WXXI AM News

film

What are some of the best (and worst) films about politics? And do they have the power to change viewers' political views?

We discuss a number of films with our guests:

  • Jack Garner, longtime film critic
  • Lester D. Friedman, professor and former chair of the Media and Society Program at Hobart and William Smith College

Our guest is Dr. Alexander Strasser, one of 19 survivors from the Kinder Transport. Strasser's story is part of the new documentary from Ken Burns called Defying the Nazis: The Sharps' War. It focuses on a little-known story of an American minister and his wife who rescued refugees and dissidents in Europe before and after the start of World War II.

The 90-minute film tells the story of Waitstill and Martha Sharp, a Unitarian minister and his wife from Wellesley, Massachusetts, who left their children behind in the care of their parish, and boldly committed to numerous life-threatening missions in Europe. Over two dangerous years, they helped to save hundreds of imperiled political dissidents and Jewish refugees fleeing the Nazi occupation across Europe.

SSR Photography

Researchers have discovered an interesting link between the economy and kids. On this edition of Need to Know we talk with an economist who explains how a particular investment by Rochester businesses could have a widespread positive impact on children.

Also on the show...Bronson and Barnhart. The major take-aways after the debate between the local Democratic Assembly candidates running in the Primary for the 138th District.

And a local filmmaker shows how paint and an artist’s vision can be a powerful combination. We’ll learn about a locally-born project that’s changing neighborhoods, empowering teens, and making Rochester a bit brighter.

A new documentary called Confronting the Wall follows street artists from Rochester and around the world as they explore how art can send uplifting messages to struggling neighborhoods.

  • David Marshall, producer and director for Blue Sky Project Films’ Confronting the Wall
  • Christine Christopher, producer and writer for Blue Sky Project Films’ Confronting the Wall
  • Shawn Dunwoody, artist entrepreneur and director of The Fruit Belt Project
  • Ephraim Gebre, artist who is a senior at World of Inquiry School

Comedian Mike Birbiglia tweeted his frustration that his new movie, which is about improv comedy, is rated R thanks to a scene in which adults smoke marijuana, while films that feature machine-gun murder scenes are PG-13. And that has us wondering: are we failing in how we determine what is detrimental for kids to see on screen? How do we determine priorities? Our guests come with a range of perspectives, both parenting and professional. In studio:

  • Melissa Sturge-Apple, parent and psychology professor at the University of Rochester
  • Deb Rosen, managing director of strategic partnerships at Hillside Family of Agencies
  • Tom Proietti, resident scholar in media at St. John Fisher College
  • Adam Lubitow, film critic for City Newspaper
  • Makana Chock, interim director of media studies and associate professor of communications at Syracuse University’s S.I. Newhouse School of Public Communications

Is the new Ghostbusters movie any good? That's one question. Then there's the question of why it's become so polarizing. And one of the cast members recently said that she's tired of hearing the term "female comedian," because we never use the term "male comedian." Why are women treated differently on screen? We discuss all of that and more. Our guests:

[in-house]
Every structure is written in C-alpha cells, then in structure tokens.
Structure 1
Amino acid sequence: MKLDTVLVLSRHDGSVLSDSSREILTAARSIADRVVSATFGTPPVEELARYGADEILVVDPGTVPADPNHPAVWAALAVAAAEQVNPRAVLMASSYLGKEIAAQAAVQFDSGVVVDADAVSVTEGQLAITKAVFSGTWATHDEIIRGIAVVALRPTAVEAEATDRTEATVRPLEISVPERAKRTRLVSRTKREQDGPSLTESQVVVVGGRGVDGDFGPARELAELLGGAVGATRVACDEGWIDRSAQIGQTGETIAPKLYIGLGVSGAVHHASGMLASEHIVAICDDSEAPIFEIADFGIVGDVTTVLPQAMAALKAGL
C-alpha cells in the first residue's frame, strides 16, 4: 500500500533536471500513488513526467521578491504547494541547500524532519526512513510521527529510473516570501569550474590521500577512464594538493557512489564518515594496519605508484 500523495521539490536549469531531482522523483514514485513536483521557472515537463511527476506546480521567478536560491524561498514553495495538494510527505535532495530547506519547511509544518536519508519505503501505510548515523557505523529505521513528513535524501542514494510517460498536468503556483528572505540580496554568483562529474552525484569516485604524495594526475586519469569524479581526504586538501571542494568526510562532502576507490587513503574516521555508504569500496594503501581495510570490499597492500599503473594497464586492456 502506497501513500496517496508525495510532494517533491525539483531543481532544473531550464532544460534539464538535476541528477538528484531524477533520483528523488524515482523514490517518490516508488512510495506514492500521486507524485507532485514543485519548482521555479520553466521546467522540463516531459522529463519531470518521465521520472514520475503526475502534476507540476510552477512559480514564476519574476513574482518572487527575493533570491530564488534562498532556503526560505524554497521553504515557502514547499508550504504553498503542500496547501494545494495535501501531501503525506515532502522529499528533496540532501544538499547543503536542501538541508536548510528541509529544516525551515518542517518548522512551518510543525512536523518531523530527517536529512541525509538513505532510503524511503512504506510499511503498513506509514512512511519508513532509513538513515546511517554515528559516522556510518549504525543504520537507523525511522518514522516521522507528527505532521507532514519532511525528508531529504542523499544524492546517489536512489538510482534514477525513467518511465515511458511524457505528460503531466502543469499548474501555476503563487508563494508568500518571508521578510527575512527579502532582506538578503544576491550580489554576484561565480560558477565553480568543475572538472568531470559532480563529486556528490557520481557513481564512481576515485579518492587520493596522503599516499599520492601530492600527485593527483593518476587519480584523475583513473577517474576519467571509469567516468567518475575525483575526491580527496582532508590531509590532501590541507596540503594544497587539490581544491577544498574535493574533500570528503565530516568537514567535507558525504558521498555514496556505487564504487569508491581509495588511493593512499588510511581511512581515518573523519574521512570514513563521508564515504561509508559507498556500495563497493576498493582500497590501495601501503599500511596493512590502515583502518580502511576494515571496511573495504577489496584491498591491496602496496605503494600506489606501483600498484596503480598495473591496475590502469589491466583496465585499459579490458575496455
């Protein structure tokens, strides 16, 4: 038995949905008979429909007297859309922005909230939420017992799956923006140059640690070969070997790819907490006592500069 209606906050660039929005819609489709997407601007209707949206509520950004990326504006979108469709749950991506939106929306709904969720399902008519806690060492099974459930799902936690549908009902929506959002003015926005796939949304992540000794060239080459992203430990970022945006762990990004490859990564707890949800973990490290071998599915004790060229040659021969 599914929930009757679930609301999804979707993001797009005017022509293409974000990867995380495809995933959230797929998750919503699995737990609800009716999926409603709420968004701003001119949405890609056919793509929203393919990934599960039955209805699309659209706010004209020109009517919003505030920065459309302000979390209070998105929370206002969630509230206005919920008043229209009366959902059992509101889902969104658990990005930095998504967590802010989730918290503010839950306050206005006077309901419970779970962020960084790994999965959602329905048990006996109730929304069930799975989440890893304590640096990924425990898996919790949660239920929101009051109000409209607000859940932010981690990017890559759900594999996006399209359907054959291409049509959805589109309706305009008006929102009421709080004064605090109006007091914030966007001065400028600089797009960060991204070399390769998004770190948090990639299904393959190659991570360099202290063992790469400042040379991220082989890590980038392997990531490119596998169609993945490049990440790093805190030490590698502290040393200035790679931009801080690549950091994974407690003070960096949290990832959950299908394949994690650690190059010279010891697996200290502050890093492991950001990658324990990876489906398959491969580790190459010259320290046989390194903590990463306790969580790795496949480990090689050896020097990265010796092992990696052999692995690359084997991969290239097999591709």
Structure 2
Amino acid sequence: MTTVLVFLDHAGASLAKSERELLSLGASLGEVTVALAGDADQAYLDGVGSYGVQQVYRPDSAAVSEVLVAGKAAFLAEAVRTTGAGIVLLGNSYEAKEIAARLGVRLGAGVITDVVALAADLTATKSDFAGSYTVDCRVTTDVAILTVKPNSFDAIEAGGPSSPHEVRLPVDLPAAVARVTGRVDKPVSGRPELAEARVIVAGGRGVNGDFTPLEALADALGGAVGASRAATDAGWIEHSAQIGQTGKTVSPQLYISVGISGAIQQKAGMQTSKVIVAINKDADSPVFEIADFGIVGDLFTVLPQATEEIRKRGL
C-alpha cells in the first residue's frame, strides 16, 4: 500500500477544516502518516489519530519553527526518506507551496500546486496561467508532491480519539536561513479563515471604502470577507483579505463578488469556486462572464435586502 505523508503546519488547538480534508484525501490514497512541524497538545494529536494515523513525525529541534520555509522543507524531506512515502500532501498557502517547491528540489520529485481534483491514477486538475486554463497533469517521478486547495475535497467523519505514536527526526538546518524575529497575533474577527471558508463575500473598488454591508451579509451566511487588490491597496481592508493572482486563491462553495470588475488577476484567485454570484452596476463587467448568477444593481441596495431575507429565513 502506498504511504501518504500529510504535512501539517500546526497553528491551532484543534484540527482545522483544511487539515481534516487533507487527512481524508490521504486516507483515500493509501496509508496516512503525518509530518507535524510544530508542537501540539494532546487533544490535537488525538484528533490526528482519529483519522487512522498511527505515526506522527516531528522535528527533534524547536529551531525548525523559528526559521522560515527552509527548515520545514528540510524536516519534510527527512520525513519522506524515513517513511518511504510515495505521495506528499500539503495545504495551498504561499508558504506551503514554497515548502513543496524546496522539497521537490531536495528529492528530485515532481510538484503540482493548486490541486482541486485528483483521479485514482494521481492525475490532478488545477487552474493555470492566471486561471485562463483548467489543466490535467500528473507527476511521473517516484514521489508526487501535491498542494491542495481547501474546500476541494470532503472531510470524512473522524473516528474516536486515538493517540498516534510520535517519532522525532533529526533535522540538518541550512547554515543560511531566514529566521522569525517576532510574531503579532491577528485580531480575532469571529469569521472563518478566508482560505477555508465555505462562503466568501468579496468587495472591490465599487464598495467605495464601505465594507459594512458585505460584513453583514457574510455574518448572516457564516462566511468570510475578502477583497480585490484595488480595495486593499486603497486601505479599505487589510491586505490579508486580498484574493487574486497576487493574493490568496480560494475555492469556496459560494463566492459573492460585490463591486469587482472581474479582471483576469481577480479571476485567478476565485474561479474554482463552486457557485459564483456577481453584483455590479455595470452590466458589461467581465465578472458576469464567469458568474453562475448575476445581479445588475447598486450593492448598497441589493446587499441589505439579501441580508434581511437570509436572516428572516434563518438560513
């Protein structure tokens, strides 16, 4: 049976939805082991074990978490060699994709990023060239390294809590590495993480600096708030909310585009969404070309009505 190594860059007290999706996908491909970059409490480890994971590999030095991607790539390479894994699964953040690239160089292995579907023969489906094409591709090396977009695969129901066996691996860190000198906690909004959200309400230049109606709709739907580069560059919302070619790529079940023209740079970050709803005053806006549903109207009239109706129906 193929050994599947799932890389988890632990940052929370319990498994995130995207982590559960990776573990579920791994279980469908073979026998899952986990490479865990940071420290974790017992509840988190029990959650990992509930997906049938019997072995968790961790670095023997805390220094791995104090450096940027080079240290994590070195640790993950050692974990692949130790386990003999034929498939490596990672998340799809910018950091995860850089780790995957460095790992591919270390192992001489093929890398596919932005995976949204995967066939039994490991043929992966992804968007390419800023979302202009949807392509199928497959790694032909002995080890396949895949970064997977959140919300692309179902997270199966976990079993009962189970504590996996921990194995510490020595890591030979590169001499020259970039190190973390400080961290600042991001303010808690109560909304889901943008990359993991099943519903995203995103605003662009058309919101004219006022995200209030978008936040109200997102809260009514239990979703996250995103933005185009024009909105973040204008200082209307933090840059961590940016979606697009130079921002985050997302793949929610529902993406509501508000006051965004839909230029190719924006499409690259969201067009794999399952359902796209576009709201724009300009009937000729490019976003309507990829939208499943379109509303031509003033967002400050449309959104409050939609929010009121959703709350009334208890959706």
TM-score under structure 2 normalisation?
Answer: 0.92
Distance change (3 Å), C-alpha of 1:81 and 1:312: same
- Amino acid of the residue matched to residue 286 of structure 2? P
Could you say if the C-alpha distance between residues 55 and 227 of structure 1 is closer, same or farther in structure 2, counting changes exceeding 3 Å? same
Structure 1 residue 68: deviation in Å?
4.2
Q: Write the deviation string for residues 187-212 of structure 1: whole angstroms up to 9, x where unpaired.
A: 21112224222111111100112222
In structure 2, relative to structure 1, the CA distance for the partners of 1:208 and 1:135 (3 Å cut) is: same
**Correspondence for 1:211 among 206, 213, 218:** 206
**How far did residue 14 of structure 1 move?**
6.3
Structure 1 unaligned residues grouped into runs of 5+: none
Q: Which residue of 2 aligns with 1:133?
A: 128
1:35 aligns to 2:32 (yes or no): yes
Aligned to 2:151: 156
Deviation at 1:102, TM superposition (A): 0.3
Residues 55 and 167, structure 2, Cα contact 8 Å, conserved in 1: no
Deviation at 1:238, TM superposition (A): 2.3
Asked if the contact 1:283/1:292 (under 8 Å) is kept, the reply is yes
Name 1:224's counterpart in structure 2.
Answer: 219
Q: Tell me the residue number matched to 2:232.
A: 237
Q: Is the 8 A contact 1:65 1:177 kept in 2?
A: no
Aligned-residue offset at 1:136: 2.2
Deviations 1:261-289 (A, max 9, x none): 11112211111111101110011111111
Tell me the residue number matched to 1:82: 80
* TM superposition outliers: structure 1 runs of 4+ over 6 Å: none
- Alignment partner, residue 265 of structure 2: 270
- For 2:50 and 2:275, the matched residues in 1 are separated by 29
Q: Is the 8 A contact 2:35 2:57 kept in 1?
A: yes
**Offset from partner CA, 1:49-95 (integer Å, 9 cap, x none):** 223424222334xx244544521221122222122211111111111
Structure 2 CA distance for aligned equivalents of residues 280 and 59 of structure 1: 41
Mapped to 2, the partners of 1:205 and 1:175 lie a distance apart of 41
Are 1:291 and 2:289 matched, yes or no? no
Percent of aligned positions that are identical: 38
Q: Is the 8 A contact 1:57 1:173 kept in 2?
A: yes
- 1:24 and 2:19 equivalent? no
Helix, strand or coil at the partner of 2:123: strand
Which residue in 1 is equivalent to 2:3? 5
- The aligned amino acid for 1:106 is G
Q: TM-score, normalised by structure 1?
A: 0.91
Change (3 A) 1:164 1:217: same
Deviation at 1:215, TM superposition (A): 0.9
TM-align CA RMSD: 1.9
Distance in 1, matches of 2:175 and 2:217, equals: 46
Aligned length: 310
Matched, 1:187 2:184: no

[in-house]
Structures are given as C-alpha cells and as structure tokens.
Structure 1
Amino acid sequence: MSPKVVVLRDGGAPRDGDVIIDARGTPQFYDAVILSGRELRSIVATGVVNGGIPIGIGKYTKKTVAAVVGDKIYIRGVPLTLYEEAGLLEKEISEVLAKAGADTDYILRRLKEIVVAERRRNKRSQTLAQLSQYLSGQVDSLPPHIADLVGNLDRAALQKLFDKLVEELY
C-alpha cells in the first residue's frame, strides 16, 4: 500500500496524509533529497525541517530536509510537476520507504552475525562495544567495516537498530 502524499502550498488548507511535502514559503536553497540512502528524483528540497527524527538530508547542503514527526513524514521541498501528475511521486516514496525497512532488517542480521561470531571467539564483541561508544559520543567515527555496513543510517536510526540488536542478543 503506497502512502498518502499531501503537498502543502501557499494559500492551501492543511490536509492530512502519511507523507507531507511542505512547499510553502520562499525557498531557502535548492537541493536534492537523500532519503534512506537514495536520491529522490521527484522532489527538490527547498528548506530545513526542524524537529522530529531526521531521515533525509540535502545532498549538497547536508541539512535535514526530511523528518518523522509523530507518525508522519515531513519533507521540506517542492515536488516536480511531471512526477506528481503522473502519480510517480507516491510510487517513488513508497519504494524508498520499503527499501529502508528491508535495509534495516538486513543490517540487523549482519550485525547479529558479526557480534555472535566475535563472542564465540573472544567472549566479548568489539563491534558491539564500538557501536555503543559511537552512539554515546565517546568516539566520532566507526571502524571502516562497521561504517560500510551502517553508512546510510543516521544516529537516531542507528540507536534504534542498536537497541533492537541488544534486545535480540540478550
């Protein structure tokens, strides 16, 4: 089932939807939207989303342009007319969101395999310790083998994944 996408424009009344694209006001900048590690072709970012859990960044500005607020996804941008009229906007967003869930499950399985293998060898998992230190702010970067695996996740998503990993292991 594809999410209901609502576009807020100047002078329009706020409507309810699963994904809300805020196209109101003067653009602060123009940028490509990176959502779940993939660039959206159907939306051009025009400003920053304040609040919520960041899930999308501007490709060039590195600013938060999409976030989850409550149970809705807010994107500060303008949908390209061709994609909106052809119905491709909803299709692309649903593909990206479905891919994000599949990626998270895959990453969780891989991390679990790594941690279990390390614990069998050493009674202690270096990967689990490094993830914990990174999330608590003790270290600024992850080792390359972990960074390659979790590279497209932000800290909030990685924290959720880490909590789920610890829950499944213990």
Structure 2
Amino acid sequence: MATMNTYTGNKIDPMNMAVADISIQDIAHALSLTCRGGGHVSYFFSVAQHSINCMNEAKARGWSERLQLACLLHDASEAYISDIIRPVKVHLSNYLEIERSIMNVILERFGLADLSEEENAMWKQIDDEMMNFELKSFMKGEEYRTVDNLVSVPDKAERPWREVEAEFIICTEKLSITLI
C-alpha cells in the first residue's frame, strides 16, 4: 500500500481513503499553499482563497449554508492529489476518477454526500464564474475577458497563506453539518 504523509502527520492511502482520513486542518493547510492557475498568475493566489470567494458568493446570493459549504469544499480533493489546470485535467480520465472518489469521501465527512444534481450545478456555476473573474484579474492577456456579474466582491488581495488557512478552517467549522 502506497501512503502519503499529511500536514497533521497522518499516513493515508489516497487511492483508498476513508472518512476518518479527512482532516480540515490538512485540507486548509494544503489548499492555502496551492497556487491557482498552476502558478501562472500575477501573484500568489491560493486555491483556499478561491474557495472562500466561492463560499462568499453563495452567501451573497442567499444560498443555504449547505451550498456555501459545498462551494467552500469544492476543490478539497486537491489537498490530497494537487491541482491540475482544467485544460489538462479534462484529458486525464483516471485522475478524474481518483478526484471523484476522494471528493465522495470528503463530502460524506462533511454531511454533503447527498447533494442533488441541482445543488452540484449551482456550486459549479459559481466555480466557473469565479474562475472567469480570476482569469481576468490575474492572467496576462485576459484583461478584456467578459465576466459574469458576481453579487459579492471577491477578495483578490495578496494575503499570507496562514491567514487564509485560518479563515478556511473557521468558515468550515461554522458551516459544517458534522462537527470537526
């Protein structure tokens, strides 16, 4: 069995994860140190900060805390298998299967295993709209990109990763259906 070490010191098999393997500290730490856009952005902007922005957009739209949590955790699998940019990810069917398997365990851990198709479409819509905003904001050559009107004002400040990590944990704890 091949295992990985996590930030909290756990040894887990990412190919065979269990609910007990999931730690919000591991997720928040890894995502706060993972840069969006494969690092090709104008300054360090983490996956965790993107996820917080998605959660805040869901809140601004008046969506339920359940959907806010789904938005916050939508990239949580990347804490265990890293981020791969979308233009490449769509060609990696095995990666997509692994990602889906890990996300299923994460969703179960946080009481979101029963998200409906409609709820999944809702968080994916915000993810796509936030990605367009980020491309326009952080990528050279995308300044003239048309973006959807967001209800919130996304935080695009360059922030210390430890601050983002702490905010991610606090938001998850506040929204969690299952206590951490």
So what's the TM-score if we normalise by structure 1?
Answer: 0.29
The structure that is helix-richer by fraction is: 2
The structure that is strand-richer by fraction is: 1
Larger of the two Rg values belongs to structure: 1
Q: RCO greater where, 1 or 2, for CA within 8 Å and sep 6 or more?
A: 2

• Beth Winslow, actor and comedian
  • Eric Stevens, pop culture writer and LEGO designer
  • Char Broome, comedian who performs under the name Char B

Why are politicians so self-destructive? That's what you might find yourself wondering after you head to The Little to watch Weiner, which some critics have called the best political documentary ever made. It's hard to watch at times; the former Congressman takes his own career apart, while nearly destroying his family.

We talk to the filmmakers, as well as a panel that will discuss why the pursuit of power is so corrosive. Our guests:

  • Dr. Kathleen Donovan, assistant professor in the Political Science Department, Legal Studies Program, and Statistics Program at St. John Fisher College
  • Joe Rittler, former chief of staff for the Democrats in the Monroe County Legislature
  • Dr. Hinda Mandell, assistant professor in the School of Communications at RIT

Rochester native Robert Forster joins us to talk about his new film, The American Side, a mystery/thriller/noir about a conspiracy involving scientist Nikola Tesla. The film will be screened as part of a special event at The Little Theatre on Thursday.

The American Side kicks off our discussion of summer films, from movies for film lovers, to popcorn flicks and more. Our guests:

Chris Wilmot wants Rochester to become more of a film town. His aim is to bring in mid-budget films, more than a million dollars, to shoot in a new Rochester studio. Others want Rochester to bring in blockbusters like Spider-Man. Still others think it's more realistic to promote smaller films with local talent.

In the middle of the debate are your tax dollars, which are required to lure the marquee films. Our guests discuss the movie scene:

The Rochester International Film Festival kicks off Thursday, with a variety of films, documentaries, and animations submitted by independent filmmakers. We meet some of them, including:

  • Joseph Bellavia, Rochester-based director of Long John
  • Pete Ireland, Sydney, Australia-based producer, writer, and director of Chip
  • Ian Massry, cinematographer, storyline producer, and editor of 59 Days of Independence
  • Josephine Perini, media, hospitality/events coordinator for Movies on a Shoestring, Inc.

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